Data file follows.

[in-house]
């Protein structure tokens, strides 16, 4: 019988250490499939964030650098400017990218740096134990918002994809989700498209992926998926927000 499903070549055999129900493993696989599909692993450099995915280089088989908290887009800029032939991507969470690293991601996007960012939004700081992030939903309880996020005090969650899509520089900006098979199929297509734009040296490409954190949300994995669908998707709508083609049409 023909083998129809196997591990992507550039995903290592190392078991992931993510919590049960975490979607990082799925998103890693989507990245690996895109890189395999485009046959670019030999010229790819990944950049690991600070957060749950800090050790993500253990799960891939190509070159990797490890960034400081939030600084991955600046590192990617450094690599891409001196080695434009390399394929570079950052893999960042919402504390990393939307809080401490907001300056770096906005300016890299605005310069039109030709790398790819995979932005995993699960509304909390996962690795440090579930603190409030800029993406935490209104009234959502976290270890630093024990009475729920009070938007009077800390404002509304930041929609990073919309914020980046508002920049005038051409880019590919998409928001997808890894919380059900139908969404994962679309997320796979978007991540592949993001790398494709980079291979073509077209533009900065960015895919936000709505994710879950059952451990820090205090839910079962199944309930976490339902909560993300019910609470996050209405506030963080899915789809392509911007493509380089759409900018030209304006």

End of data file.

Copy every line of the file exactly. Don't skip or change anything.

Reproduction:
[in-house]
């Protein structure tokens, strides 16, 4: 019988250490499939964030650098400017990218740096134990918002994809989700498209992926998926927000 499903070549055999129900493993696989599909692993450099995915280089088989908290887009800029032939991507969470690293991601996007960012939004700081992030939903309880996020005090969650899509520089900006098979199929297509734009040296490409954190949300994995669908998707709508083609049409 023909083998129809196997591990992507550039995903290592190392078991992931993510919590049960975490979607990082799925998103890693989507990245690996895109890189395999485009046959670019030999010229790819990944950049690991600070957060749950800090050790993500253990799960891939190509070159990797490890960034400081939030600084991955600046590192990617450094690599891409001196080695434009390399394929570079950052893999960042919402504390990393939307809080401490907001300056770096906005300016890299605005310069039109030709790398790819995979932005995993699960509304909390996962690795440090579930603190409030800029993406935490209104009234959502976290270890630093024990009475729920009070938007009077800390404002509304930041929609990073919309914020980046508002920049005038051409880019590919998409928001997808890894919380059900139908969404994962679309997320796979978007991540592949993001790398494709980079291979073509077209533009900065960015895919936000709505994710879950059952451990820090205090839910079962199944309930976490339902909560993300019910609470996050209405506030963080899915789809392509911007493509380089759409900018030209304006």